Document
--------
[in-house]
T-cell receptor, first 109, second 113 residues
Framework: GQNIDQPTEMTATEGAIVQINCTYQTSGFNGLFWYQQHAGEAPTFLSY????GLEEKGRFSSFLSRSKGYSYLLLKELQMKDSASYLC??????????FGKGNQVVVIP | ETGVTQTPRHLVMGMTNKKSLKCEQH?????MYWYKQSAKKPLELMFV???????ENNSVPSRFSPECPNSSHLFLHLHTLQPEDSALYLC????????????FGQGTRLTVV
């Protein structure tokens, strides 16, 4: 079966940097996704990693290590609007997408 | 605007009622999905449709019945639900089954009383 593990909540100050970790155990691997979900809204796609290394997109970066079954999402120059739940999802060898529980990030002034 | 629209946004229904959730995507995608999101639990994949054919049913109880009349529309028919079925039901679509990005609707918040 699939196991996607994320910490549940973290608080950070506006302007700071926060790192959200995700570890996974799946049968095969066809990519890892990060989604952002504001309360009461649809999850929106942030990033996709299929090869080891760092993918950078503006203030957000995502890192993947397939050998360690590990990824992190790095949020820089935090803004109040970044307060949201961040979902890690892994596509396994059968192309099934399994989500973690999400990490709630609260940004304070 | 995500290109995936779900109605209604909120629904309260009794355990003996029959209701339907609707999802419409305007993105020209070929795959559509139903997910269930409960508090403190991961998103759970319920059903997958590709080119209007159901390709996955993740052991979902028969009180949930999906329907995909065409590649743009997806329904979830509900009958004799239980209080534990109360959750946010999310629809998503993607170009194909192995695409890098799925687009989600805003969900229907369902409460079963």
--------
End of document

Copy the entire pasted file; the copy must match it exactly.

[in-house]
T-cell receptor, first 109, second 113 residues
Framework: GQNIDQPTEMTATEGAIVQINCTYQTSGFNGLFWYQQHAGEAPTFLSY????GLEEKGRFSSFLSRSKGYSYLLLKELQMKDSASYLC??????????FGKGNQVVVIP | ETGVTQTPRHLVMGMTNKKSLKCEQH?????MYWYKQSAKKPLELMFV???????ENNSVPSRFSPECPNSSHLFLHLHTLQPEDSALYLC????????????FGQGTRLTVV
């Protein structure tokens, strides 16, 4: 079966940097996704990693290590609007997408 | 605007009622999905449709019945639900089954009383 593990909540100050970790155990691997979900809204796609290394997109970066079954999402120059739940999802060898529980990030002034 | 629209946004229904959730995507995608999101639990994949054919049913109880009349529309028919079925039901679509990005609707918040 699939196991996607994320910490549940973290608080950070506006302007700071926060790192959200995700570890996974799946049968095969066809990519890892990060989604952002504001309360009461649809999850929106942030990033996709299929090869080891760092993918950078503006203030957000995502890192993947397939050998360690590990990824992190790095949020820089935090803004109040970044307060949201961040979902890690892994596509396994059968192309099934399994989500973690999400990490709630609260940004304070 | 995500290109995936779900109605209604909120629904309260009794355990003996029959209701339907609707999802419409305007993105020209070929795959559509139903997910269930409960508090403190991961998103759970319920059903997958590709080119209007159901390709996955993740052991979902028969009180949930999906329907995909065409590649743009997806329904979830509900009958004799239980209080534990109360959750946010999310629809998503993607170009194909192995695409890098799925687009989600805003969900229907369902409460079963």